Why is tech missing the U-word so badly?

Tim LeRoy
by
on 27 April 2017

The failure of Uber, Unnroll.me (and HP) to think about their Users – Us.

“Your customer doesn’t care how much you know until they know how much you care.”

It comes as a constant surprise to us that anyone can miss the importance of putting the customer at the front and center of everything that you do.

Perhaps it’s the tech industry’s habit of calling them ‘Users’, that makes them easy to forget and de-humanise, but this doozy (above) from a very senior marketing executive at HP seems to show that some (large) parts of the tech industry have gotten terribly lost.

We’d like to correct Mr Maloy.

“Digital transformation can be simply viewed as the moment when you are using technology to put people at the centre of your business.”

There. Fixed it.

Unfortunately, de-humanizing the User into saleable digital data is a trend that seems to be on the rise, not the wane.

Over recent weeks the tech part of the internet has, as usual, got itself into a gleeful tizzy of schadenfreude over a couple of big U’s — Unroll.Me & Uber — who have been caught using customer data in ‘questionable’ ways.

Unroll.Me (the rather useful service that filters unwanted emails into one handy digest you can ignore) was mining a lot more information from our inboxes than most users were aware of, or liked. What undid them properly, and led to a mass delete of the app, was the revelation that they’d sold detailed information to Uber, particularly data relating to their competitors Lyft.

Perri Chase, one of Unroll.Me’s founders, rather sweetly tried to defend her co-founder, but in the process added to the company’s woes with a misjudged blog post, the essence of which was ‘he’s a lovely guy and you’re all naive idiots if you didn’t think we’d be selling your behavioural data to others, and it’s not our fault if they’re as unpleasant as Uber.’

Not to be outdone, Uber just added to the long and growing list of ways they have developed to get people to distrust and dislike them, by admitting that they still aggressively tracked user behaviour even after they’d deleted the app.

Here are two brilliant services that are genuinely useful but that both appear to be run by companies with either exceptionally dark hearts, or a willful ignorance of who pays their wages.

We all are complicit in telling the biggest lie (told globally by millions every single day): ‘yes, I have read and accept the terms and conditions’, but we expect companies to guard or precious data with extreme care and security.

Unroll.Me argues that to get a free service you have to accept them ’finding a way to monetize your email’ — maybe — but Uber have no such excuse. Use them and you pay, so that’s not the same Faustian pact at all.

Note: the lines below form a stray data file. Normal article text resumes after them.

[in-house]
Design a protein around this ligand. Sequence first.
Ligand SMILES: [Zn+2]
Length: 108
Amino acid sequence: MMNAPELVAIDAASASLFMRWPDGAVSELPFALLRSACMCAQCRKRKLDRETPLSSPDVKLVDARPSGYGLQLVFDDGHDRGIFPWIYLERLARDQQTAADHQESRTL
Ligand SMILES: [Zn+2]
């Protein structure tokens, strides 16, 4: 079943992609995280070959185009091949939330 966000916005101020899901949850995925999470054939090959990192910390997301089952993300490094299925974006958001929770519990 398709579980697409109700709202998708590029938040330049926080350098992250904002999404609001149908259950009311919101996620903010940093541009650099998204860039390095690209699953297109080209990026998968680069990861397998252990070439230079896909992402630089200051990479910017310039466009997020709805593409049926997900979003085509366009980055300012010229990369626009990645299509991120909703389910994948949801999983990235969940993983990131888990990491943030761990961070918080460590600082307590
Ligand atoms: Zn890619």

Maybe we are being naive, but what those two Silicon Valley Unicorns seem to have missed is that even though we agreed to it, no-one likes data-mining, however anonymous. It feels like a my barber selling on my hair-clippings to stuff cushions. It doesn’t affect me directly, but it’s icky and I’d much rather he didn’t.

Apple swear blind that they can’t and won’t see the health data gathered by their watches. I half believe that, but what about Garmin or Fitbit or Samsung? I’ll have a tenner on the fact that we’ll see a wearables company exposed for misusing user data or selling it to insurance companies within the year.

Jeff Bezos leads a famously unlikeable company that we all use with increasing frequency because he and they relentlessly focus on the User — Us. In his most recent message to shareholders the very first thing he lists as a priority is “customer obsession.” Amazon’s overriding principle seems to be ‘if it is better for the customer, they will like it and use it more’.

I think that, like most people, I accept that you can use my data to make your service better to me. Just this morning Spotify recommended two albums (based on what I’d been listening to), one old and one new. Both of them were absolutely right up my street and they’ve been on heavy rotation ever since. Good job algorithms. But I’ve a long list of apps and services from Facebook to Yahoo who have lost me because they treated me as data rather than a person.

Which brings us back to HP’s poor Mr Maloy who unsurprisingly has taken a bit of a public kicking. If your company culture is to put the digital before the human, you will lose customers.

As Sam Walton, Founder of Wal-Mart famously said, “There is only one boss. The customer. And he can fire everybody in the company from the chairman on down, simply by spending his money somewhere else.

At Dootrix we build apps for large organisations so perhaps unsurprisingly we are Bezos-like in our obsession on the customer, but hopefully far more approachable and likeable.

Every working Dootrix day is driven by: User Experience, User Interfaces, Discovery (what do the users really want and need?), User testing (what do the users like and dislike), and constant loops of sprints where usability is designed, built, tested, redesigned, rebuilt and re-tested.

If it doesn’t work well for the user, it doesn’t work.

Every digital tool from ride-hailing apps and inbox filters to enterprise CRMs and server infrastructure, always have to put the user first. And second and third and then redesigned and made better because the user said so.

Perhaps the simple cure for the rest of the tech industry is to stop calling them users. Perhaps using ‘people’ would serve us all better.

Maybe it would remind us all that the word ‘digital’ comes from the Latin for fingers. The bits humans count on. So to speak.

~~~

If you need to be put first, front and center, drop us a line.

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